Though it was the worst industrial accident anywhere in the world for a generation, it was these clothes – identical to those found on any day in store windows on any high street in any western city – that explained the headlines across the globe. The news of the collapse brought with it, for western consumers, the reality that there was a very real possibility that they were wearing something that had been made in the ruined factory that they could now see on their screens. This was the link, a visceral connection beyond the natural human sympathy most tragedies evoke, that guaranteed a reaction.

The interest lasted around a week. Then the news agenda moved on, as it inevitably and necessarily does. So, eventually did Bangladesh, so did Dhaka and so did Savar. More or less.

But something hidden had been revealed, a part of the supply chain, long out of sight and consequently out of mind. For many of those watching the breathless bulletins or reading the headlines, it would have been the first time they had heard the voices of the workers who actually make the clothes of which a typical western wardrobe is now composed.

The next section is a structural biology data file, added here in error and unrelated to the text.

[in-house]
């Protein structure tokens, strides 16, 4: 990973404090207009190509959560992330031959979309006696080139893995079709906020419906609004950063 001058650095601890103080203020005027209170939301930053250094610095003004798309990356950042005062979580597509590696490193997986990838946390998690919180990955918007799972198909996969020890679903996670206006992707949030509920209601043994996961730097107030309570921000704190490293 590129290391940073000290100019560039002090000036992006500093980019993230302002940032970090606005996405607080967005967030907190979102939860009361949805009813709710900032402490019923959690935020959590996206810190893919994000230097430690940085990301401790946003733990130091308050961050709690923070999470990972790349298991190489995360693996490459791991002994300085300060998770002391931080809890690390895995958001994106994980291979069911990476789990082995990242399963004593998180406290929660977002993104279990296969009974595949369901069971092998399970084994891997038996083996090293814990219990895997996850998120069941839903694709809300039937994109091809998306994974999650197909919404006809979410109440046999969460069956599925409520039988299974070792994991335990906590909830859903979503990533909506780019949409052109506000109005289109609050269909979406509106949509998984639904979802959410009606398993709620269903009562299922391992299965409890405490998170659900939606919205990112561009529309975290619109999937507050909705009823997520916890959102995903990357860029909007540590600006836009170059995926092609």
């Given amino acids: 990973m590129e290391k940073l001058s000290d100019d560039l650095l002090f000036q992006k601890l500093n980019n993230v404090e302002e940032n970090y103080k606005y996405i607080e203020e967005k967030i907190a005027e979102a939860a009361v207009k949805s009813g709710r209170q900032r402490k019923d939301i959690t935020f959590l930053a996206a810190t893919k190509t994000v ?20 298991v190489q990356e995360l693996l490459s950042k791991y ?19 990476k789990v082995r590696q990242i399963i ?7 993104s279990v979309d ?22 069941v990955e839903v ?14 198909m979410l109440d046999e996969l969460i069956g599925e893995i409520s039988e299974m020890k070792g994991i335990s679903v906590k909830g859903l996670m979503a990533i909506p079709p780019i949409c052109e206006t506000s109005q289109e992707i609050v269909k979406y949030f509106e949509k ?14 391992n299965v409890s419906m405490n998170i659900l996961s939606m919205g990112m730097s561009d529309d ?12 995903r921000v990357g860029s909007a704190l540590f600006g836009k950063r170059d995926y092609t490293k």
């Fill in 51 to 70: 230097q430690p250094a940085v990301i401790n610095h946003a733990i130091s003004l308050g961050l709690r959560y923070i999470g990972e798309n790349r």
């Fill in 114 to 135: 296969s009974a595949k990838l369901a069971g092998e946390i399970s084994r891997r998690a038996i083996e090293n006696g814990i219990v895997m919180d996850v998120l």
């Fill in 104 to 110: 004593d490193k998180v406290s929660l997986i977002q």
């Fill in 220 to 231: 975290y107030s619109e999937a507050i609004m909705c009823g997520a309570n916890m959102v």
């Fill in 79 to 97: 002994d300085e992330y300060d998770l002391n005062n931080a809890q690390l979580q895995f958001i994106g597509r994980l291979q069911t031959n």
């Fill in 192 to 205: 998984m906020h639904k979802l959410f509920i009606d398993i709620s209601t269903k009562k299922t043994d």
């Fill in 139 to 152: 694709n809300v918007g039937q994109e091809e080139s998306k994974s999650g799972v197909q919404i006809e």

Shed a little light on it though, as this ebook aims to do, and it is soon clear that manufacturing in the fashion world is a complex, fascinating and, all too often, destructive process. In a world where so much has been automated to the nth degree, garment making is an incongruously human activity. There are an estimated 4 million garment workers in Bangladesh – the world’s second largest clothing exporter behind China – a figure that represents around a tenth of the global total. These are most likely young women, and occasionally men, whose job is to sit behind a sewing machine for hours at a time, sewing buttons on to shirts or sequins on to blouses.

Their salaries, as we shall see, are by many standards – especially those to which we are accustomed in the west, where we happily wear the fruits of their labours – pitiful. And yet in a country such as Bangladesh with precious few other opportunities for earning at least a semblance of financial independence, multitudes flock from the impoverished countryside to the chaotic cities in search of this exact work.